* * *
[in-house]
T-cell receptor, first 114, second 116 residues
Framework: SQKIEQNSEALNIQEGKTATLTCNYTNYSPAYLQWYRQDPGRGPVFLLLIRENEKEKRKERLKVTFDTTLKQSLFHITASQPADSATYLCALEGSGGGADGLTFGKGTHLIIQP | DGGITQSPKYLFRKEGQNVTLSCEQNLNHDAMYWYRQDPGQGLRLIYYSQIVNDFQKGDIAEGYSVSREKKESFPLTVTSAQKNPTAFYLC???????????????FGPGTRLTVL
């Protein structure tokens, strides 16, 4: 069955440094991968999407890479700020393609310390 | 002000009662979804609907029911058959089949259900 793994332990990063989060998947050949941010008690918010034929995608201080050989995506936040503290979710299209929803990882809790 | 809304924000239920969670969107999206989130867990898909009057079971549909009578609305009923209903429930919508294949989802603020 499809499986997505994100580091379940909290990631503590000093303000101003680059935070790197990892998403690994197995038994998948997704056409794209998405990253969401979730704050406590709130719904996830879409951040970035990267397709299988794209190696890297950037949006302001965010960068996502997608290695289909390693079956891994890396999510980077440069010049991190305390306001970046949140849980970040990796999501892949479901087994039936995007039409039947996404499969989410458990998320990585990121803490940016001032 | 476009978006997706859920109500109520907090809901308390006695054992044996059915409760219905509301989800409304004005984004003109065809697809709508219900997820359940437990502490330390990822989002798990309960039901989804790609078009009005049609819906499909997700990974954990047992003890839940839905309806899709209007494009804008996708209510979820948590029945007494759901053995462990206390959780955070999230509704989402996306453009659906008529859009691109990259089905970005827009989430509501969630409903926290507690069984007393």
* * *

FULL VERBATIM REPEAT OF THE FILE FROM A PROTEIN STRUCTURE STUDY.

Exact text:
[in-house]
T-cell receptor, first 114, second 116 residues
Framework: SQKIEQNSEALNIQEGKTATLTCNYTNYSPAYLQWYRQDPGRGPVFLLLIRENEKEKRKERLKVTFDTTLKQSLFHITASQPADSATYLCALEGSGGGADGLTFGKGTHLIIQP | DGGITQSPKYLFRKEGQNVTLSCEQNLNHDAMYWYRQDPGQGLRLIYYSQIVNDFQKGDIAEGYSVSREKKESFPLTVTSAQKNPTAFYLC???????????????FGPGTRLTVL
């Protein structure tokens, strides 16, 4: 069955440094991968999407890479700020393609310390 | 002000009662979804609907029911058959089949259900 793994332990990063989060998947050949941010008690918010034929995608201080050989995506936040503290979710299209929803990882809790 | 809304924000239920969670969107999206989130867990898909009057079971549909009578609305009923209903429930919508294949989802603020 499809499986997505994100580091379940909290990631503590000093303000101003680059935070790197990892998403690994197995038994998948997704056409794209998405990253969401979730704050406590709130719904996830879409951040970035990267397709299988794209190696890297950037949006302001965010960068996502997608290695289909390693079956891994890396999510980077440069010049991190305390306001970046949140849980970040990796999501892949479901087994039936995007039409039947996404499969989410458990998320990585990121803490940016001032 | 476009978006997706859920109500109520907090809901308390006695054992044996059915409760219905509301989800409304004005984004003109065809697809709508219900997820359940437990502490330390990822989002798990309960039901989804790609078009009005049609819906499909997700990974954990047992003890839940839905309806899709209007494009804008996708209510979820948590029945007494759901053995462990206390959780955070999230509704989402996306453009659906008529859009691109990259089905970005827009989430509501969630409903926290507690069984007393």